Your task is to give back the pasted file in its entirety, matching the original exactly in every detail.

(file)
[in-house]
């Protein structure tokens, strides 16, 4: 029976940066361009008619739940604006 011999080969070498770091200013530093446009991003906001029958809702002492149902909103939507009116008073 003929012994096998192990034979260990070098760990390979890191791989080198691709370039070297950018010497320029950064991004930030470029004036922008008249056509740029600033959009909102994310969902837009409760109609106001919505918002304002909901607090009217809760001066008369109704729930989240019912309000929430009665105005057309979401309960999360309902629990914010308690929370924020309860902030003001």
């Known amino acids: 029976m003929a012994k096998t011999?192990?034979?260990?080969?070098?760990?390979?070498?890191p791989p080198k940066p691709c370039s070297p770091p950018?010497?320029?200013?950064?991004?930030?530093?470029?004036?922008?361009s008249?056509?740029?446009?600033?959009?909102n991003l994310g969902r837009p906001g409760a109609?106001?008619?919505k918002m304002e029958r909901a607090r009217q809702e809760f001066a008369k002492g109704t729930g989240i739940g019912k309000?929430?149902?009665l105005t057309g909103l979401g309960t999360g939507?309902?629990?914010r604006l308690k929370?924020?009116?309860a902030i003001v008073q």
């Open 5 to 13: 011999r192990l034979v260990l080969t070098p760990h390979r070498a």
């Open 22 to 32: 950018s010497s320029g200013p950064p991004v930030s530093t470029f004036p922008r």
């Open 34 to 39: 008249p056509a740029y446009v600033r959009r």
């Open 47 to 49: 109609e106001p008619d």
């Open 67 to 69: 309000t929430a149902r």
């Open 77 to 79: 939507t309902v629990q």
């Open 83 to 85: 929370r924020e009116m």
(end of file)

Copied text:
[in-house]
């Protein structure tokens, strides 16, 4: 029976940066361009008619739940604006 011999080969070498770091200013530093446009991003906001029958809702002492149902909103939507009116008073 003929012994096998192990034979260990070098760990390979890191791989080198691709370039070297950018010497320029950064991004930030470029004036922008008249056509740029600033959009909102994310969902837009409760109609106001919505918002304002909901607090009217809760001066008369109704729930989240019912309000929430009665105005057309979401309960999360309902629990914010308690929370924020309860902030003001």
């Known amino acids: 029976m003929a012994k096998t011999?192990?034979?260990?080969?070098?760990?390979?070498?890191p791989p080198k940066p691709c370039s070297p770091p950018?010497?320029?200013?950064?991004?930030?530093?470029?004036?922008?361009s008249?056509?740029?446009?600033?959009?909102n991003l994310g969902r837009p906001g409760a109609?106001?008619?919505k918002m304002e029958r909901a607090r009217q809702e809760f001066a008369k002492g109704t729930g989240i739940g019912k309000?929430?149902?009665l105005t057309g909103l979401g309960t999360g939507?309902?629990?914010r604006l308690k929370?924020?009116?309860a902030i003001v008073q």
């Open 5 to 13: 011999r192990l034979v260990l080969t070098p760990h390979r070498a």
């Open 22 to 32: 950018s010497s320029g200013p950064p991004v930030s530093t470029f004036p922008r």
């Open 34 to 39: 008249p056509a740029y446009v600033r959009r």
């Open 47 to 49: 109609e106001p008619d």
């Open 67 to 69: 309000t929430a149902r």
């Open 77 to 79: 939507t309902v629990q």
């Open 83 to 85: 929370r924020e009116m």